Sunday, August 07 2016


Cold water rushed around our submerged feet without an ounce of liquid penetrating our skin other than our own perspiration. The moon was out, alive and well, while its counterpart remained above the horizon as the clock struck midnight. We made it knee deep before the waters proved too quick to go further. Even though each cast proved unfruitful, spirits soared higher as the night only got lighter.

Earlier in the day the guardrail ripped passed us as the mountains loomed in the distance, seemingly frozen in time no matter what the spedometer read. Miniture looking waterfalls poured from great heights as we continued on arguably the most scenic drive in the U.S., Continental or otherwise. Our collective hangover blew out the window in the crisp wind as Sigur Ros serenaded us south of Anchorage to Soldotna for quintissential Alaskan activities.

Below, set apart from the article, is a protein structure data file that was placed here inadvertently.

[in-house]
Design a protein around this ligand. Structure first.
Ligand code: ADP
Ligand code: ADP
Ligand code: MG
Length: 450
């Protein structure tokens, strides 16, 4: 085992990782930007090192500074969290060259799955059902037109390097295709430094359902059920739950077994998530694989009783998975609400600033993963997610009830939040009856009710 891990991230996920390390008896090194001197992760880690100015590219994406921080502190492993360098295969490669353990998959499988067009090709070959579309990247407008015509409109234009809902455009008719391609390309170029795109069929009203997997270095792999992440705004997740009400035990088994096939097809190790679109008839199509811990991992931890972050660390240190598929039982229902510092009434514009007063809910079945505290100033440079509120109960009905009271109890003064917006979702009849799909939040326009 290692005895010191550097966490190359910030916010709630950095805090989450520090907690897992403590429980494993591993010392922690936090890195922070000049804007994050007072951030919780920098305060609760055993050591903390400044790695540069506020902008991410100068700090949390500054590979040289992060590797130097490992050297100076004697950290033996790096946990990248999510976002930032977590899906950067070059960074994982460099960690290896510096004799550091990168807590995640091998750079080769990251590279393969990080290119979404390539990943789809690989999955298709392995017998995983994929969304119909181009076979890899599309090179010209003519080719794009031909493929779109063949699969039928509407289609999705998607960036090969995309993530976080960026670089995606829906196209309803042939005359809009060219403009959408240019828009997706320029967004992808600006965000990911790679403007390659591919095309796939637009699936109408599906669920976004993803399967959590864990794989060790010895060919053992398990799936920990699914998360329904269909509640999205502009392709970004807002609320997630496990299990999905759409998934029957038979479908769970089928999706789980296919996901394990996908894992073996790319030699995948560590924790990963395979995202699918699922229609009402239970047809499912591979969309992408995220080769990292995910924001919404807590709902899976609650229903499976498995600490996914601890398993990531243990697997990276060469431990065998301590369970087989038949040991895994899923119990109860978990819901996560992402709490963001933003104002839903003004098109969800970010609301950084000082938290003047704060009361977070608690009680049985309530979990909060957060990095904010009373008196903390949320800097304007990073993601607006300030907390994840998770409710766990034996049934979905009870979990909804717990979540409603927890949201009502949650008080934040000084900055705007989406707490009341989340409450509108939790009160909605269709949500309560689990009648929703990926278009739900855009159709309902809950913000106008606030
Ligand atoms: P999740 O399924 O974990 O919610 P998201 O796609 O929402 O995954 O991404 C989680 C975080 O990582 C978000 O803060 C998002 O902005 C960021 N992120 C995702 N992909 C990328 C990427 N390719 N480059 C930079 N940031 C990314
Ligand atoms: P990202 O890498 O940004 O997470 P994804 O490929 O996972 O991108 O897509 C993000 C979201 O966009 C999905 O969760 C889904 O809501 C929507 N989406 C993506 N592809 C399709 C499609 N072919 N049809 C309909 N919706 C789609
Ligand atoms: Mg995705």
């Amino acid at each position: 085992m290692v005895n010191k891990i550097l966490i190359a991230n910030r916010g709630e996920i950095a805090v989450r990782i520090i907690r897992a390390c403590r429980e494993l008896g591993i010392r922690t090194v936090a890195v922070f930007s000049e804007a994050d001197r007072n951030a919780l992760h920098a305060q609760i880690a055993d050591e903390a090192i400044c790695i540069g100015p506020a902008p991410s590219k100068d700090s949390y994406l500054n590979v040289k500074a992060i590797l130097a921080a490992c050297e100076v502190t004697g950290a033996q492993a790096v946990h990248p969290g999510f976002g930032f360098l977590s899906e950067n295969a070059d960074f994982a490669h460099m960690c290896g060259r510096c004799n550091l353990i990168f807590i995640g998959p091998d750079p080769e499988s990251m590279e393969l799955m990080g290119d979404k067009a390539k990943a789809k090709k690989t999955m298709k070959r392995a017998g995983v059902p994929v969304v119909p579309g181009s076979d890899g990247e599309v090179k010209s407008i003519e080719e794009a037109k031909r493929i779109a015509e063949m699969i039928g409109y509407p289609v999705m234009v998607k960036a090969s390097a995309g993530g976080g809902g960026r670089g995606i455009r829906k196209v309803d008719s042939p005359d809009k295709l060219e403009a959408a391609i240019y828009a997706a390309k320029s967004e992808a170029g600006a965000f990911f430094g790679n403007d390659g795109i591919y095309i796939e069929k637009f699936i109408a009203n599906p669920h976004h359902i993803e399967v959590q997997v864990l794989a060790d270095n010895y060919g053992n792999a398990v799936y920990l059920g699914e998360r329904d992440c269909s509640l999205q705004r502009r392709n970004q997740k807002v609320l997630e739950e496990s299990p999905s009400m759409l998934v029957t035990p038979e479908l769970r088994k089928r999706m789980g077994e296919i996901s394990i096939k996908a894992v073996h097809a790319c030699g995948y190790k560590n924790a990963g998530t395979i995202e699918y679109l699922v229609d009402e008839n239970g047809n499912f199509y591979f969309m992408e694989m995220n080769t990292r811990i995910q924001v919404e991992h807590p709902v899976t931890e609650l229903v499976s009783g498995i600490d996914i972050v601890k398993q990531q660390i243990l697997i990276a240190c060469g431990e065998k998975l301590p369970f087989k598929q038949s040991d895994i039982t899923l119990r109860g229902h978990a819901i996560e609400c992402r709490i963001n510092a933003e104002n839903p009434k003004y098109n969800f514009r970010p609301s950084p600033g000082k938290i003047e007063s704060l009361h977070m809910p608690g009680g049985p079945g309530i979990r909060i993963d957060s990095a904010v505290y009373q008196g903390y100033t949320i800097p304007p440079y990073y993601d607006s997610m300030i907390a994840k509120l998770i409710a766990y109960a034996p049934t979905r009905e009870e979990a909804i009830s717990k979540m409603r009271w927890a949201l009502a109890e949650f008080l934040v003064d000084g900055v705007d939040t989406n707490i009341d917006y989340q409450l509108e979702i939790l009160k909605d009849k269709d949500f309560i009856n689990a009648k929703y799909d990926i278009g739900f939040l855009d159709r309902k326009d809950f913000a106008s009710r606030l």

Picture perfect waterfall tucked into a lush northern forest? Check.
Cabin on a river? Check.
Salmon fishing at midnight? Check.
Drinking beer while watching a Bald Eagle soar amongst the tree tops? Check.

While it felt a little odd to make my first pass at Alaska without a snowboard in hand, the summer solstice is undoubtedly a sight to behold in this wild land. The locals are making the most of the sunlight, Mother Nature has put on her best dress, and the animals are out in full force, even though us Lower 48ers didn't see a single bear, moose, or even salmon.

Towards the end of our time beyond the wall, as our brains emerged from a fog of bear meat and Alaskan beer, the magnitude of this place and this whirlwind trip began to sink in. From seeing Modest Mouse in the night light in Anchorage, to road-tripping America's most scenic highway, to almost getting into it with local pools sharks over table turn etiquette, to crashing into a swamp on a three-wheeled contraption equipped with a beer cooler, Alaska proved to be the final frontier where everyone with even a hint of wanderlust should boldly go.

Photos by Kait McNally and Jacob Malenick
Words by Jacob Malenick

- CURRENT ISSUE - April 2018